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are expressly called 'the officers of God's kingdom, Sap. vi. And therefore the school concludes, that any the least irreverence of a King, as to dispute of his judgements, and whether we ought to follow and obey him, sacrilegium dicitur, is justly extended to be called 'sacrilege.' And since all sacrilege is a violation of some thing that is holy, it is evident that the office and person of the King is sacred : sacred, and therefore cannot be violated by the hand, tongue, or heart of any man; that is, by deed, word, or thought : But 'tis God's cause, and he is violated in him. And here Kings may learn if they will, I am sure 'tis fit they should, that those men which are sacrilegious against God and his Church, are for the very neighbourhood of the sin the likeliest men to offer violence to the honour of Princes first, and their persons after.

Secondly, the cause of the Church, in what kind soever it be : be it in the cause of truth, or in the cause of unity, or in the cause of right and means, 'tis God's cause too. And it must needs be so. For Christ and his Church are head and body, Ephes. i. And, therefore, they must needs have one common cause. One cause: And you cannot corrupt the Church in her truth, or persecute her for it, or distract her from her unity, or impoverish and abuse her in her means, but God suffers in the oppression. Nay more, no man can wilfully corrupt the Church in her doctrine, but he would have a false God; nor persecute the profession of the Church, but he would have no God: nor rent the Church into sects, but he would have many Gods : nor make the Church base, but he would pluck God as low, were God as much in his power as the Church is. And, therefore, the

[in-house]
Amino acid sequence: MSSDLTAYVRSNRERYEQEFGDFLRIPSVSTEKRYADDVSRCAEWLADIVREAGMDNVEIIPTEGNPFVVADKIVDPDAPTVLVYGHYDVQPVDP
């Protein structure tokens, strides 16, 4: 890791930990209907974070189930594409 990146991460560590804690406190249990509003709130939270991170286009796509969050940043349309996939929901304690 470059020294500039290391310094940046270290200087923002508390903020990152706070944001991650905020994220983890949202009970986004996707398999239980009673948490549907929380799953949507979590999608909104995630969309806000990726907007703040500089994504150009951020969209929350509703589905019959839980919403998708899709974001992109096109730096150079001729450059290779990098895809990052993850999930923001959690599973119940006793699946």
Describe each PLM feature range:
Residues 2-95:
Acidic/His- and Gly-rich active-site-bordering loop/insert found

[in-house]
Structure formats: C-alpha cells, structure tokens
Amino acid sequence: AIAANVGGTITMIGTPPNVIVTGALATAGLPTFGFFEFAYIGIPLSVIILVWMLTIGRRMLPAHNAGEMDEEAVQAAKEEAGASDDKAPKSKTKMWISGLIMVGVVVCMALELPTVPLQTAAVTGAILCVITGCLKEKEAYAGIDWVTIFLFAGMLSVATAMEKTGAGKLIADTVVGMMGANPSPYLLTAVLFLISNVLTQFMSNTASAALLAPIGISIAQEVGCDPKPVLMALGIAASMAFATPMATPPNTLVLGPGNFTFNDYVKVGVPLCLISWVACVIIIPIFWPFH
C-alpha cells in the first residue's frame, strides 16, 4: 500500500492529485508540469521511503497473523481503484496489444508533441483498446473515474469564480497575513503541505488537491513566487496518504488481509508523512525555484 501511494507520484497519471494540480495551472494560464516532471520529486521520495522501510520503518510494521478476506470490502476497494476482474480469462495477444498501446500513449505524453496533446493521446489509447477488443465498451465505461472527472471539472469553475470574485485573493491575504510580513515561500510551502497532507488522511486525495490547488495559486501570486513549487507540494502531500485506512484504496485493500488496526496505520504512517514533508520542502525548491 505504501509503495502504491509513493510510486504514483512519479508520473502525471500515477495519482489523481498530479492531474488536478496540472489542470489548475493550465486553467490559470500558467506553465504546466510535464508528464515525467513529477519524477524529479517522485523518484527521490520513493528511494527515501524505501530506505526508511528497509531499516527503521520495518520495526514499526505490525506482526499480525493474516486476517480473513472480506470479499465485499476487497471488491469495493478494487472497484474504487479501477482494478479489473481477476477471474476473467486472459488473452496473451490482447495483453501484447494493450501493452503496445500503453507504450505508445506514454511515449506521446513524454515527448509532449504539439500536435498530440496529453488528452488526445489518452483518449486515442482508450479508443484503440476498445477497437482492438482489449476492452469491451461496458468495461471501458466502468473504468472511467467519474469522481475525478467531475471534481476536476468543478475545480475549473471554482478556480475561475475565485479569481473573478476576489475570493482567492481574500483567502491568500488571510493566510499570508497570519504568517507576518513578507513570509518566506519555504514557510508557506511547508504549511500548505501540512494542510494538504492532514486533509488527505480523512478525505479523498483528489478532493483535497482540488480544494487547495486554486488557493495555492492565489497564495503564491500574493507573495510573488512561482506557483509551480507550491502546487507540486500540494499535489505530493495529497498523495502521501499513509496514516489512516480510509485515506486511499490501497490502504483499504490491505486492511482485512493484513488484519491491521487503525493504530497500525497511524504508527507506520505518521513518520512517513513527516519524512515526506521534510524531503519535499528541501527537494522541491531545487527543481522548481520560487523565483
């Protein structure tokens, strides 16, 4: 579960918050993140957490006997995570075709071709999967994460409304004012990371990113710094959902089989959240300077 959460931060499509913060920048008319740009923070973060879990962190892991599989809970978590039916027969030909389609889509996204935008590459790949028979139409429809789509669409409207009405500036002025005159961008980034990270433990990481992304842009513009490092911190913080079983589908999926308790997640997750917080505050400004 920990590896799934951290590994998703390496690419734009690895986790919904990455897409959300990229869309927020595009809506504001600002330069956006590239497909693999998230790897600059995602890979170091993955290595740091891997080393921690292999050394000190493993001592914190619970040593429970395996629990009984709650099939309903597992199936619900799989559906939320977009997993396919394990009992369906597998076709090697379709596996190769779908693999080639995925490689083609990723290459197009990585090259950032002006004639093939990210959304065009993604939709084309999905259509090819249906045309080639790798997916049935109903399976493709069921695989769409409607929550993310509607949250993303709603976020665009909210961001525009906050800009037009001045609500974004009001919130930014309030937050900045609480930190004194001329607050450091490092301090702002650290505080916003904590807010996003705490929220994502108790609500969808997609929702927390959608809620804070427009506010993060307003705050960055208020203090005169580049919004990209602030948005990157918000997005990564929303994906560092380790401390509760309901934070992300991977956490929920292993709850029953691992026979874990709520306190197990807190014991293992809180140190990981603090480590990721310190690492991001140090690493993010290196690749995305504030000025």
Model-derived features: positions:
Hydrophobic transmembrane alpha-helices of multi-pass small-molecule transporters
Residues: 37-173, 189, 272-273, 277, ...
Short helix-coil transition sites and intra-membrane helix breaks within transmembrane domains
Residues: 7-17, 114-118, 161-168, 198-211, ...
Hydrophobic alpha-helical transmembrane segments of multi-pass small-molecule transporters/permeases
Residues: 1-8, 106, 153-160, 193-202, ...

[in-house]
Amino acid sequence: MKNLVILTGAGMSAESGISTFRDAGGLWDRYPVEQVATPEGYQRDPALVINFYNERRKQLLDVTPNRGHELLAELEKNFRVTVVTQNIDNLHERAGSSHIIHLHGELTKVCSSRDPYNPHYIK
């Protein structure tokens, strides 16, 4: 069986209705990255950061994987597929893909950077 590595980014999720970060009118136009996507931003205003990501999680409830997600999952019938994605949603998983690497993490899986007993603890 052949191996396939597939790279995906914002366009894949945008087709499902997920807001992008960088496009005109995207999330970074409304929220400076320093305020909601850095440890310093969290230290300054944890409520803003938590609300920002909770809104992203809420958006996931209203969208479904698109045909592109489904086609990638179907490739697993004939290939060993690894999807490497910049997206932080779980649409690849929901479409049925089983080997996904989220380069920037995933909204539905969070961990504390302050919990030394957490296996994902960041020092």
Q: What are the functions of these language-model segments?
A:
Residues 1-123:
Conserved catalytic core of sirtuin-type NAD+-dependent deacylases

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Church's cause is God's cause. And as Eusebius tells us, when • by Stephen Bishop of Laodicea the state of that church was much hazarded; it, and the means of it, were mightily upheld by God himself. And Elias Cretensis goes full upon it, in the general. 'Tis God's cause, any controversy that he debates against his enemies. Now this ever holds true, in whatsoever the Church suffers for the name of God and Christ. And therefore, if either State or Church will have their cause God's, the State must look their

proceedings be just, and the Church must look their devotions and actions be pious. Else if the State be all in wormwood and injustice, if the Church savour of impunity and irreligion, if either of these threaten either body, neither can call upon God then. For sin is their own and the devil's cause, no cause of God's, who punishes sin ever, but never causes it.

Thirdly, 'Tis God's cause, which is directly against himself, when injustice that he will not, or weakness that he cannot, arise and help are most unworthily, nay blasphemously cast upon him. The very text, you see, calls it no less than blasphemy. And, as St. Basil tells us, 'twas audacter effusa, most audaciously cast into the face of God. But how, I pray? How? Why, they persecuted the Church of Christ with great extremities; and then, because God did not always and in all particulars deliver it, Deum ut infirmum traducebant, they accused God of impotency. Rabshakeh's case before Christ in the flesh: Which of the gods have delivered the nations that serve them, that the Lord should deliver Jerusalem? 2 Kings xvii. Pilate's case to Christ: Have not I power to 'crucify thee, and power to loose thee? St. John xix. Julian's case after Christ : For while

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he raged against the Christians, he turned the contumely upon God, and charged Omnipotence with weakness. So you see the cause of God what it is, and withal that it is many, and but one. Many, in the circumference of his creatures, which fill up the State and the Church; and yet but one, in the point of that indivisible centre, which is himself.